Two environmental groups have filed a lawsuit in U.S. District Court that could result in accelerating the timeline under which Cape Cod towns would be required to deal with nitrogen discharges that are polluting coastal waters.

The suit, filed last month by the Conservation Law Foundation and the Coalition for Buzzards Bay, contends that the U.S. Environmental Protection Agency has failed to meet its responsibilities under the federal Clean Water Act. The suit argues that Cape Cod would not be facing clean-up costs estimated at between $4 billion and $8 billion if a countywide water quality management plan issued in 1978 had been implemented.

A court ruling compelling the EPA to enforce regulations more aggressively could mean that Cape communities would face mandates similar to what resulted from the court-ordered cleanup of Boston Harbor in the 1980s.

Nutrients leaching from septic systems, fertilizers and road run-off have become the biggest remaining threat to water quality in Massachusetts. The problem is particularly notable in coastal areas such as Cape Cod, where an estimated 85 percent of homes and businesses rely on septic systems for wastewater discharge.

Local officials on the Cape say that much progress has been made in recent years, including the construction of wastewater treatment plants and the introduction of programs to protect drinking water.

Cape communities are facing hundreds of millions of dollars in capital costs to modernize and construct treatment plants to accommodate growth and to meet federal standards. Until recently, there has been no assistance available other than a low-interest loan from the state revolving loan fund. When the Clean Water Act passed in the 1970s, the federal government typically paid 75 percent of these capital costs while the state picked up 15 percent.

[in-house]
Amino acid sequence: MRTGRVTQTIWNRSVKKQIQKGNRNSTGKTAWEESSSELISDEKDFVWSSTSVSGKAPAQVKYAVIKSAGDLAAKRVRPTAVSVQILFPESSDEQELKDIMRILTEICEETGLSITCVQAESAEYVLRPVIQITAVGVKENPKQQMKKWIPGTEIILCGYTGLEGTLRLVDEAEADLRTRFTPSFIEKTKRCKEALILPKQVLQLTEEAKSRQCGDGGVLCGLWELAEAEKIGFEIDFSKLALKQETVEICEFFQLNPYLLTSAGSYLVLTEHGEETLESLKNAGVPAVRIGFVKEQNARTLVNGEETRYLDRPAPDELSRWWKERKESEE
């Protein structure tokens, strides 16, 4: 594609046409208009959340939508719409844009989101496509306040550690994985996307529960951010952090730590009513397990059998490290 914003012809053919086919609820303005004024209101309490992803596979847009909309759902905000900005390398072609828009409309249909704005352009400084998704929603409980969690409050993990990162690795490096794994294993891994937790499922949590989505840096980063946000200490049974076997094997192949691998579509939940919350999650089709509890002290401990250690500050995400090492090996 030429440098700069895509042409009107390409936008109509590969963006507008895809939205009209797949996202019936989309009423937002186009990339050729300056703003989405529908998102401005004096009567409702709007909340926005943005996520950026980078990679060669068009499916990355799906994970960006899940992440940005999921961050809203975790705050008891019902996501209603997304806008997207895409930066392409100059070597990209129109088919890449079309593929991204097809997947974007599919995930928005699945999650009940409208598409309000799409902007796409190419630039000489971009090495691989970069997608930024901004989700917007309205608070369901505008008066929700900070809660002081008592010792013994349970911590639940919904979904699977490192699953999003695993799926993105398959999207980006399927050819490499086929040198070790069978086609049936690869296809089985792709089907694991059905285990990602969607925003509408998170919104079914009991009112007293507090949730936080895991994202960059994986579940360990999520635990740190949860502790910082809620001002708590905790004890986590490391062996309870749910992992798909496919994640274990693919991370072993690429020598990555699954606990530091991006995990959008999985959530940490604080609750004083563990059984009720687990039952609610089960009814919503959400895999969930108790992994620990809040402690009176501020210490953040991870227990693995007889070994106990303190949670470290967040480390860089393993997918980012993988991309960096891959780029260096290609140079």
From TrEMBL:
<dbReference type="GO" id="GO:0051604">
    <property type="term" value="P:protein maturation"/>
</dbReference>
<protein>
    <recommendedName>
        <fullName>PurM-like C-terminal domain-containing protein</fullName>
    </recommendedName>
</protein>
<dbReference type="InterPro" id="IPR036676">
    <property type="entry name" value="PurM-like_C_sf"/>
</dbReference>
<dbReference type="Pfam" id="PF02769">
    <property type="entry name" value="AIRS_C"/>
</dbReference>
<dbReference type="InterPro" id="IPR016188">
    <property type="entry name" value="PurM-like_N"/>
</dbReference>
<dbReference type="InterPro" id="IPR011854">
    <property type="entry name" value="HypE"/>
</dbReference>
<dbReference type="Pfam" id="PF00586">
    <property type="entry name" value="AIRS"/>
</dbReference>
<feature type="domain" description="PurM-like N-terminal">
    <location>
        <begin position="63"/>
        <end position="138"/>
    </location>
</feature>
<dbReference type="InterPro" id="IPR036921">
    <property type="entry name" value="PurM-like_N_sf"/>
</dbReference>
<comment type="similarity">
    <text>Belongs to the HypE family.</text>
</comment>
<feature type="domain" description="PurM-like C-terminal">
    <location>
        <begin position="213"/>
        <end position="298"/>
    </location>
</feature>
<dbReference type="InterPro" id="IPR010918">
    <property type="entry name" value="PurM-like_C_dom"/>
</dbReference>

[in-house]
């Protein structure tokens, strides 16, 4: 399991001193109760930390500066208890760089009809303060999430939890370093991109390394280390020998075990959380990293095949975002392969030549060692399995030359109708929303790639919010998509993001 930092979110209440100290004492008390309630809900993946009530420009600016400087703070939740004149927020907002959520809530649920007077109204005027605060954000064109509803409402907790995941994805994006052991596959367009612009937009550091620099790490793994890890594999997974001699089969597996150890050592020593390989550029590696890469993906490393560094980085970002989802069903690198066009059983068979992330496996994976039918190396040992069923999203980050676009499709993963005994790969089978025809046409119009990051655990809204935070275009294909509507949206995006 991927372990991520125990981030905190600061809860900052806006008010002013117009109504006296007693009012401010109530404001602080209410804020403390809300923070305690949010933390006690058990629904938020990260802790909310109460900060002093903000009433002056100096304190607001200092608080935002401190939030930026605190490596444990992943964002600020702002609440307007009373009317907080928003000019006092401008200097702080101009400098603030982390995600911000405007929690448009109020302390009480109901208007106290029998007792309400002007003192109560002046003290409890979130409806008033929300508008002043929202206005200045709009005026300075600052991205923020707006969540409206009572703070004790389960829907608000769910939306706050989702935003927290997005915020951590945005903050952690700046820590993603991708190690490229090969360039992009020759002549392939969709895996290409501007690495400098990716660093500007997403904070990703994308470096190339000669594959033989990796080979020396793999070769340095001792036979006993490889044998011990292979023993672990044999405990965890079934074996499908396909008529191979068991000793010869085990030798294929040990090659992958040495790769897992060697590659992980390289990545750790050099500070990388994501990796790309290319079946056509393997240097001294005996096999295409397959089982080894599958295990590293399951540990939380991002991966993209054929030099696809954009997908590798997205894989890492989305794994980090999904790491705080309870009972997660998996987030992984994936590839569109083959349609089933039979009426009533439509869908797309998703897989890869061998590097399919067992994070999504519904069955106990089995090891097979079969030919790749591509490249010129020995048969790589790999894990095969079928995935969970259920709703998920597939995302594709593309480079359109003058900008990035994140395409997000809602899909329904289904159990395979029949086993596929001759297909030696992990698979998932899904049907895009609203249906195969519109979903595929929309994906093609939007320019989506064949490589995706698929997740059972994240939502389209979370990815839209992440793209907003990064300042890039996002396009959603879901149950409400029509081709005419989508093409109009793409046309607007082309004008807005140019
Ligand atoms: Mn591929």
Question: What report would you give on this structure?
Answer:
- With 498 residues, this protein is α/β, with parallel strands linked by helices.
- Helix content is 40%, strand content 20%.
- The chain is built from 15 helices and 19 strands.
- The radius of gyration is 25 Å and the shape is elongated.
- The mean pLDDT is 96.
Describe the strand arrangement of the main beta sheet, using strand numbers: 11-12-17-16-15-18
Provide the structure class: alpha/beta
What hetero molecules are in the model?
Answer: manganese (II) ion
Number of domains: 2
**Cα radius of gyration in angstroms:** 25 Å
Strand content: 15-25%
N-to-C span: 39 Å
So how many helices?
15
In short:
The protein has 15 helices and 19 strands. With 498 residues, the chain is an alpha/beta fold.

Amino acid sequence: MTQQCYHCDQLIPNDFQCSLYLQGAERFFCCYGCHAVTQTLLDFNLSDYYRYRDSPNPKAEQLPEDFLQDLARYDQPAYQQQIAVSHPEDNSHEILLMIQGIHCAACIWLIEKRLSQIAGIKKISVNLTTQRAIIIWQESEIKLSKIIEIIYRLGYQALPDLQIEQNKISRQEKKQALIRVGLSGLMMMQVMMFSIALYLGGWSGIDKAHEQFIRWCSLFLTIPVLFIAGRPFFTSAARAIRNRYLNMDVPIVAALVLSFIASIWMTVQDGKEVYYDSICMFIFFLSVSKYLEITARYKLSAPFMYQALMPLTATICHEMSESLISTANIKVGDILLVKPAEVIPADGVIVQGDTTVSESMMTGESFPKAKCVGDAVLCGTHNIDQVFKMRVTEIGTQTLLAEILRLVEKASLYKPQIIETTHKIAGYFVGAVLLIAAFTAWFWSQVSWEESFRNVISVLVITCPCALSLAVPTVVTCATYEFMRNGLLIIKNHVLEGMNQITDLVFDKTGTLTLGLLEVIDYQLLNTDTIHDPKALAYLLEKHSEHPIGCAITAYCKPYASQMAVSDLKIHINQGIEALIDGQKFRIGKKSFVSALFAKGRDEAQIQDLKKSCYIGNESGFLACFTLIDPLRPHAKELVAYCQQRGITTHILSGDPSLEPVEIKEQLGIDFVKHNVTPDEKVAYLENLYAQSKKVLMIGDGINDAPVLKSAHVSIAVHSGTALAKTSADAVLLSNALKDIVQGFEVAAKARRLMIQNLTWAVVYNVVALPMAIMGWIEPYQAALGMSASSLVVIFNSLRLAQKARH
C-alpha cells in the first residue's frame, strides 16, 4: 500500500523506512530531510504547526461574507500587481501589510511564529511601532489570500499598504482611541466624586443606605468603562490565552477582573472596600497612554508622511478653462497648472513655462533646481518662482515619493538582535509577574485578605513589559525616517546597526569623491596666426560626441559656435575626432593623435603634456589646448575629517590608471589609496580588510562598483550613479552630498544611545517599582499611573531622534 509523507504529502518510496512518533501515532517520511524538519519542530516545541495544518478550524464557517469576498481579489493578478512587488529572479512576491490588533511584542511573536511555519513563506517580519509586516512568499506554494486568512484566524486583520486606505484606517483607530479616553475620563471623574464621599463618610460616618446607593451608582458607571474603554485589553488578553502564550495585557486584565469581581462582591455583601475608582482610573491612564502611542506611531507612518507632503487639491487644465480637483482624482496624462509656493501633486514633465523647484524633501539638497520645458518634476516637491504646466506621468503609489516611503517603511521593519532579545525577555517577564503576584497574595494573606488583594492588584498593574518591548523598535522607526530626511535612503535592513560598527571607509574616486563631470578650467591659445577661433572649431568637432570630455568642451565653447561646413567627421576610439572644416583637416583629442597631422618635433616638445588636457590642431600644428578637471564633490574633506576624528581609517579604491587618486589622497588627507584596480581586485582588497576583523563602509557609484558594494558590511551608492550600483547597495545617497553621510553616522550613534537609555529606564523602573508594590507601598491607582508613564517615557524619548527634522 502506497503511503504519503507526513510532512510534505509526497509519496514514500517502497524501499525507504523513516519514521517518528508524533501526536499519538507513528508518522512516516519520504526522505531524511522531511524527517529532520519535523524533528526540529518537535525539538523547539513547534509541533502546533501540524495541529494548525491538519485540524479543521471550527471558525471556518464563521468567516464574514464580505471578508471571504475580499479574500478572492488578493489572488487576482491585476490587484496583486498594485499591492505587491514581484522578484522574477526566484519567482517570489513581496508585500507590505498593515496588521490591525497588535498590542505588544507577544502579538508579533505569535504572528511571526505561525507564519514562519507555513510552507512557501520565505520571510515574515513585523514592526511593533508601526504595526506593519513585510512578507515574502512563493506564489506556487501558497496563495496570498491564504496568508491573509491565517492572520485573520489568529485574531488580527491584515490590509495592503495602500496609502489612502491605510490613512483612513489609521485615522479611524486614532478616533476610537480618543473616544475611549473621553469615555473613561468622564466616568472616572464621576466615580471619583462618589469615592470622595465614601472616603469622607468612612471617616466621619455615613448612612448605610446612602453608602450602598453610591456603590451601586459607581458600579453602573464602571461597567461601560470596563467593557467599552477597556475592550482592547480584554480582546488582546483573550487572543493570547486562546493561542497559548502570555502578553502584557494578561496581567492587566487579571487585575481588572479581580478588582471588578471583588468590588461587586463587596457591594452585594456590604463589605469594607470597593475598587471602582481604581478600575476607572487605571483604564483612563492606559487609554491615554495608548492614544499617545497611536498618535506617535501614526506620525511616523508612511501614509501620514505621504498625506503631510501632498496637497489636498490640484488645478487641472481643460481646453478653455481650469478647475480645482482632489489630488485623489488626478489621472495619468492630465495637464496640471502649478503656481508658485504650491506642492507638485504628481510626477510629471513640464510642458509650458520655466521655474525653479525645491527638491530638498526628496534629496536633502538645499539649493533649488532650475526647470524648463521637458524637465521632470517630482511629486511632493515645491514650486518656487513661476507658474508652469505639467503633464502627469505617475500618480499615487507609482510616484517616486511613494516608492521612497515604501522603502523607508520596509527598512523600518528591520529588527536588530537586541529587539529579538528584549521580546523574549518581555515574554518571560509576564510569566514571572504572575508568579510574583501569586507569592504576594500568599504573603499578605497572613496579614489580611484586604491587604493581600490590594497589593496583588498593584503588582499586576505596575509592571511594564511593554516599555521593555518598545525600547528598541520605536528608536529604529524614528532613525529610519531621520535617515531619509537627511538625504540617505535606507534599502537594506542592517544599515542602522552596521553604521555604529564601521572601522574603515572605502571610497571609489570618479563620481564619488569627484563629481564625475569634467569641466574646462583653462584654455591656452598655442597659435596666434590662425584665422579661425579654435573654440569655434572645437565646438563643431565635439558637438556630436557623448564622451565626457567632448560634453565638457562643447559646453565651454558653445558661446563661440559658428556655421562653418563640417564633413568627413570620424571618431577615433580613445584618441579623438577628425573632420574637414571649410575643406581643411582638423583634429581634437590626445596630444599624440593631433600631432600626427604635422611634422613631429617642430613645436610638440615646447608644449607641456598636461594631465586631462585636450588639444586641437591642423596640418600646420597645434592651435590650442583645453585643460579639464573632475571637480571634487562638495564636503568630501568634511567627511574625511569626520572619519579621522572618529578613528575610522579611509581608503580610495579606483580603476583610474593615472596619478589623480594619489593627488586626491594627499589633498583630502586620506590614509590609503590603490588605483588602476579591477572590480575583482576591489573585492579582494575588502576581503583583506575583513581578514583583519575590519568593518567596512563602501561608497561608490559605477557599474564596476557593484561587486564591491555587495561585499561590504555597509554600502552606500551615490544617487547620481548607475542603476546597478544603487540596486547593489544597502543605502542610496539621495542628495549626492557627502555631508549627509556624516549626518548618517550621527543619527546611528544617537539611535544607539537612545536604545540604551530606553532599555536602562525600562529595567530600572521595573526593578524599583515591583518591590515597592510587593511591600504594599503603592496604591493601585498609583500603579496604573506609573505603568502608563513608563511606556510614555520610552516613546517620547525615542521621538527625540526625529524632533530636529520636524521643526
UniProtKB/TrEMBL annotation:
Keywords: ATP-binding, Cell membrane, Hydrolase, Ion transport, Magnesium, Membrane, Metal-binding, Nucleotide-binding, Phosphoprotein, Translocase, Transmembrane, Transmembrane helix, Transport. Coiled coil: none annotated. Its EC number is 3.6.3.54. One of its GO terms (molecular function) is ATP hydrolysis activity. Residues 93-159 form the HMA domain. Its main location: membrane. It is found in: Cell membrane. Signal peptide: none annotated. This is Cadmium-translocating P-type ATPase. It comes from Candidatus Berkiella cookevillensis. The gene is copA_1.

Last year, the Legislature passed a five-year, $1.66 billion energy and environmental bond bill, supported by the MMA, that included funding for wastewater projects. The legislation enables cities and towns to apply for no-interest loans from the state’s Clean Water Revolving Fund for reducing nitrogen and other nutrients in water through means such as sewer systems.

Members of the MMA Board of Directors also have met with the Massachusetts congressional delegation and other members of Congress to push for increased federal funding to help cities and towns comply with the Clean Water Act.